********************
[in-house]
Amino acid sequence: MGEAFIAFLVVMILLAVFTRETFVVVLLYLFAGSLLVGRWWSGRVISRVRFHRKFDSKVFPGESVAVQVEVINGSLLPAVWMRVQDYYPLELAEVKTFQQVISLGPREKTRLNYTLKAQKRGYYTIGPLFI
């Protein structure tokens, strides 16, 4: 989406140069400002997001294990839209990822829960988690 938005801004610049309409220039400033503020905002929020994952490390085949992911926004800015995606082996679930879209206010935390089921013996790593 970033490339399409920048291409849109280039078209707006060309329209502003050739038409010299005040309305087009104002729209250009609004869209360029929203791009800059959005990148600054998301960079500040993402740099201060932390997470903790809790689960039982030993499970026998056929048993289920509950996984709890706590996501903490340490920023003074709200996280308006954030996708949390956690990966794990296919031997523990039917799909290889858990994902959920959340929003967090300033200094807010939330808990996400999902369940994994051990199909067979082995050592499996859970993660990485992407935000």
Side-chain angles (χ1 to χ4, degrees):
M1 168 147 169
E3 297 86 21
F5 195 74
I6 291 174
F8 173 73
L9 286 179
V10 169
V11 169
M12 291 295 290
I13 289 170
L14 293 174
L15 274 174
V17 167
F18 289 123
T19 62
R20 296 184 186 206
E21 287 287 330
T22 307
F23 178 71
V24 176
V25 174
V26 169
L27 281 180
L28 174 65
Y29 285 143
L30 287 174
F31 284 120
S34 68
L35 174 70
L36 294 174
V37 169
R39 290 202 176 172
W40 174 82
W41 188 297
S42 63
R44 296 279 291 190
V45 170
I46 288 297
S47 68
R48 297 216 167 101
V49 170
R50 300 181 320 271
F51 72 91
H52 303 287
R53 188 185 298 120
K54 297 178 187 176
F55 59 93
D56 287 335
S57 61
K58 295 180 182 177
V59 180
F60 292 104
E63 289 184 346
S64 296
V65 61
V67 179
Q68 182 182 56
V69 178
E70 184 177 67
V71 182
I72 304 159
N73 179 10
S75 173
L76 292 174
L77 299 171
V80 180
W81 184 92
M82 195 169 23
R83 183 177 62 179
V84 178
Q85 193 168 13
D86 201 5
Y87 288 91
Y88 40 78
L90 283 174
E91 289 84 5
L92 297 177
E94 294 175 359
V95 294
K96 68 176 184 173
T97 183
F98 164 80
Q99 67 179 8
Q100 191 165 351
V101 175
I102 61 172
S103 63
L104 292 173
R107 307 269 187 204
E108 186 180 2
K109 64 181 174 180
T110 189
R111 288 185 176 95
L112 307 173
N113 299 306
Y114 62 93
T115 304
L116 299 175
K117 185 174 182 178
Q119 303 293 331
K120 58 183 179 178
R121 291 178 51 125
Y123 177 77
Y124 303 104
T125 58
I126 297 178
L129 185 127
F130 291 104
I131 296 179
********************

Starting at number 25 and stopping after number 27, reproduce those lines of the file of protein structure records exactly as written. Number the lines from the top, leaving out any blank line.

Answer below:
V25 174
V26 169
L27 281 180